Reducing global energy turmoil with fracking

merrill matthews

When President Trump pulled out of the Iran nuclear deal, analysts warned that Iran’s crude oil production and exports could decline, forcing crude oil prices up. Call it “turm-oil” in the energy markets.

For example, Time magazine quotes PIMCO Executive Vice President Greg Sharenow: “The consumers are going to shoulder the bill. The U.S. economy will face headwinds from prices that will come as a natural result of this.”

Maybe, but likely only in the short term.

While it remains to be seen whether this shortage will materialize, one thing remains clear: The recent U.S. gas and oil boom will help fill any impending gaps in the global energy supply.

Thanks to hydraulic fracturing, U.S. crude oil production should grow to help meet or exceed demand over the long term, which means prices will likely stabilize at a reasonably affordable price.

President Obama imposed economic sanctions on Iran in 2012, and it had a major impact on Iran’s ability to produce and export oil.

According to the Federal Reserve Bank of St. Louis, Iran was exporting about 2.6 million barrels of crude oil per day in 2011. By 2014 that number was down to just over 1 million.

The Iranian nuclear agreement in 2015 relaxed many of those sanctions, and Iran began to increase its crude oil exports — to 1.5 million barrels per day. Today it’s just over 2.3 million.

Thus, if the reimposed U.S. sanctions apply to Iranian oil production — an issue that is as yet undecided — daily global production could decline by 1 million barrels or more.

The good news is that the United States has the resources and the ability to fill the gap, and rising crude oil prices could serve as the catalyst to do so.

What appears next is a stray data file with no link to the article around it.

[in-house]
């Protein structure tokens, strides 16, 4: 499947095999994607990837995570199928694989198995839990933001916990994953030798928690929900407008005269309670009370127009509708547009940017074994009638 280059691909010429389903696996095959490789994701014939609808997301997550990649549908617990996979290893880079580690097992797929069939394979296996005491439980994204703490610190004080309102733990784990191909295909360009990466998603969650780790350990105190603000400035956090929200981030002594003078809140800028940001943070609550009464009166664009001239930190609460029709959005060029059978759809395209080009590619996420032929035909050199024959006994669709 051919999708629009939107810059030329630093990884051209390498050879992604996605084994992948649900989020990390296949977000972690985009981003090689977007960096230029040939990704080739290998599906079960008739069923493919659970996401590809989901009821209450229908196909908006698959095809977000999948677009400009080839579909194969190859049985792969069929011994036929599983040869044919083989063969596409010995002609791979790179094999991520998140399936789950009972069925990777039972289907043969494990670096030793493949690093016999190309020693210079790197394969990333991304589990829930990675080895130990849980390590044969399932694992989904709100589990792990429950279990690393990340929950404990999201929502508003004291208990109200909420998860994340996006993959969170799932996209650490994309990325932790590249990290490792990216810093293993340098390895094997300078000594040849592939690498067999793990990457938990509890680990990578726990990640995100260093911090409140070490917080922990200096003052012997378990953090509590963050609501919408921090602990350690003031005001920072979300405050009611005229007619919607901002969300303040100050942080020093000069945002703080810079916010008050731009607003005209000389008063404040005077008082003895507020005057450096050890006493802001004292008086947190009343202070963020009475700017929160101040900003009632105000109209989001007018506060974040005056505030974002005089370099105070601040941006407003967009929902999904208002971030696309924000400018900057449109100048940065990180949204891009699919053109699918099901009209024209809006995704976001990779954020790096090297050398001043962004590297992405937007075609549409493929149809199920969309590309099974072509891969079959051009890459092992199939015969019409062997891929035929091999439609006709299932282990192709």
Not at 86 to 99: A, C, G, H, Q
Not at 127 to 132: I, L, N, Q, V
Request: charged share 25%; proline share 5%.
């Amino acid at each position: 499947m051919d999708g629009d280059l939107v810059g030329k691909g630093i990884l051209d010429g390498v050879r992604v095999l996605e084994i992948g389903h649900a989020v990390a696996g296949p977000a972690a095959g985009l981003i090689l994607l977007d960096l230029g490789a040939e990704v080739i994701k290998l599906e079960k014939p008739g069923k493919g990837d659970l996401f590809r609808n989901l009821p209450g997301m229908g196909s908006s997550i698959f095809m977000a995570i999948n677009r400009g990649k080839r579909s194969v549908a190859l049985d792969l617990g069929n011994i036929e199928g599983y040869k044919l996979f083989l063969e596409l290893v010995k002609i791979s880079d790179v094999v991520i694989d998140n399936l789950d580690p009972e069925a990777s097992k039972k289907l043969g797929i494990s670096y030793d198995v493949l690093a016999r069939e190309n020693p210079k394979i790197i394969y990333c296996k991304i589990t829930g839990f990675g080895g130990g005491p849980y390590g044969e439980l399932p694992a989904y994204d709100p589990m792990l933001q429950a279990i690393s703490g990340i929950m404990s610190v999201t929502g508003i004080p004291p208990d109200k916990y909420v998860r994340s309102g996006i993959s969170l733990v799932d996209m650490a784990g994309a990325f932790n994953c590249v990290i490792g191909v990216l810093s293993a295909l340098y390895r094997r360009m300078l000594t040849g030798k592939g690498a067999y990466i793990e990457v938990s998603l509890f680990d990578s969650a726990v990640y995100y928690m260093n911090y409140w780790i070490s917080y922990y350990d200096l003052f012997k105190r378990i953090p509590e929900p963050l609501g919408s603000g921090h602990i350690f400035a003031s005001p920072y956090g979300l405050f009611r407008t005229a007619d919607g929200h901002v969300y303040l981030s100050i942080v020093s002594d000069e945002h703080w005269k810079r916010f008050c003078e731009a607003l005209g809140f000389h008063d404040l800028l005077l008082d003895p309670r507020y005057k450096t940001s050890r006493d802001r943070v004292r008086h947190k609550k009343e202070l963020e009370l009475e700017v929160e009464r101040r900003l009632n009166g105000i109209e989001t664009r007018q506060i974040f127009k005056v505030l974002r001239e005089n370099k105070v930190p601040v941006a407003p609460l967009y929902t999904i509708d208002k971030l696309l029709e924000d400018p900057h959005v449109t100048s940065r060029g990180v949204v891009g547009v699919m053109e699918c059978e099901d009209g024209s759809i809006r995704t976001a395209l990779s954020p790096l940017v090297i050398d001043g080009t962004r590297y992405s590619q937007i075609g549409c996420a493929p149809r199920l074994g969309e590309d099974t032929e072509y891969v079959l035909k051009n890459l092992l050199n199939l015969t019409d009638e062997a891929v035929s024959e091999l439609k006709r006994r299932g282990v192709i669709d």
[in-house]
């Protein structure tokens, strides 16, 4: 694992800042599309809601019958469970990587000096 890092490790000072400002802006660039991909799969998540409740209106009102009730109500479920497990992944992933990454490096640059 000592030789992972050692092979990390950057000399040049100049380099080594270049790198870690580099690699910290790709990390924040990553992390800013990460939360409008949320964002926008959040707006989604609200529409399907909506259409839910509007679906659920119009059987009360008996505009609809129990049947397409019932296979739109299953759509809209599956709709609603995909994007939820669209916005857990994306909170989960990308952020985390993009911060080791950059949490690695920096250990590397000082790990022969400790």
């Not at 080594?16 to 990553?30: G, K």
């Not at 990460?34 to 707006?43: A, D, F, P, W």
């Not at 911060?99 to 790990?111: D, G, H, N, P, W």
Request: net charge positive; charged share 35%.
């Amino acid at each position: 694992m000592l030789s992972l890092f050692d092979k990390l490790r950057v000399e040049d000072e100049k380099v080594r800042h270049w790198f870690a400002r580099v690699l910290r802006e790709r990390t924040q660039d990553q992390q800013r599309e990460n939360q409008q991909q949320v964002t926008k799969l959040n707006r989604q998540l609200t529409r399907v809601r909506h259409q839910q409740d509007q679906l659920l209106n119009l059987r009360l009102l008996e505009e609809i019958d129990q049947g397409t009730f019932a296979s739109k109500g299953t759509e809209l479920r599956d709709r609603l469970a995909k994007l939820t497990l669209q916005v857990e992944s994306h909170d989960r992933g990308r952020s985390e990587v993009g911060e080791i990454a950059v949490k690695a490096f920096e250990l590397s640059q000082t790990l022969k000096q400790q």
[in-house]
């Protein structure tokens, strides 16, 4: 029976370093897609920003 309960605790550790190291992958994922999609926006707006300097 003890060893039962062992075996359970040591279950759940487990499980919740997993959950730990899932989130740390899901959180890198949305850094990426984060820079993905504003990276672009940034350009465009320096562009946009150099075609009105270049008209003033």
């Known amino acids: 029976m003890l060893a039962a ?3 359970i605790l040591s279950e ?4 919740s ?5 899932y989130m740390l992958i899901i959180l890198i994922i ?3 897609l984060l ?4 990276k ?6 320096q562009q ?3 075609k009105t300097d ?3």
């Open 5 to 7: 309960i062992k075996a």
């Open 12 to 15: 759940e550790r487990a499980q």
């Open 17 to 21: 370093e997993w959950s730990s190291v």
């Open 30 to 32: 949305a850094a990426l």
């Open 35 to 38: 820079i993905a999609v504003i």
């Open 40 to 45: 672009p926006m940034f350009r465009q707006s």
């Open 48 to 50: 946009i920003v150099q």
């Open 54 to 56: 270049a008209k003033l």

According to the U.S. Energy Information Administration (EIA), “The United States remained the world’s top producer of petroleum and natural gas hydrocarbons in 2017, reaching a record high. Since 2008, U.S. petroleum and natural gas production has increased by nearly 60 percent.”

The EIA points out that U.S. crude oil production has increased nearly every year, leveling off only in 2016 when the price of crude declined to less than $30 per barrel. Saudi Arabia and Russian production have remained roughly the same for a decade.

The EIA goes on to say, “U.S. petroleum production increased by 745,000 barrels per day (b/d) in 2017, driven by a 21 percent increase in oil prices to approximately $65 per barrel.” If U.S. producers, lured by oil at around $70 per barrel, were to continue at that rate of increase, the U.S. would compensate for the Iranian oil cutback in two years.

Crude oil is a commodity. And like most commodities, it’s price will fluctuate, sometimes wildly. But high oil prices and low U.S. production costs mean Iranian oil production decline can be replaced in the near future.

Merrill Matthews is a resident scholar with the Institute for Policy Innovation in Dallas, Texas.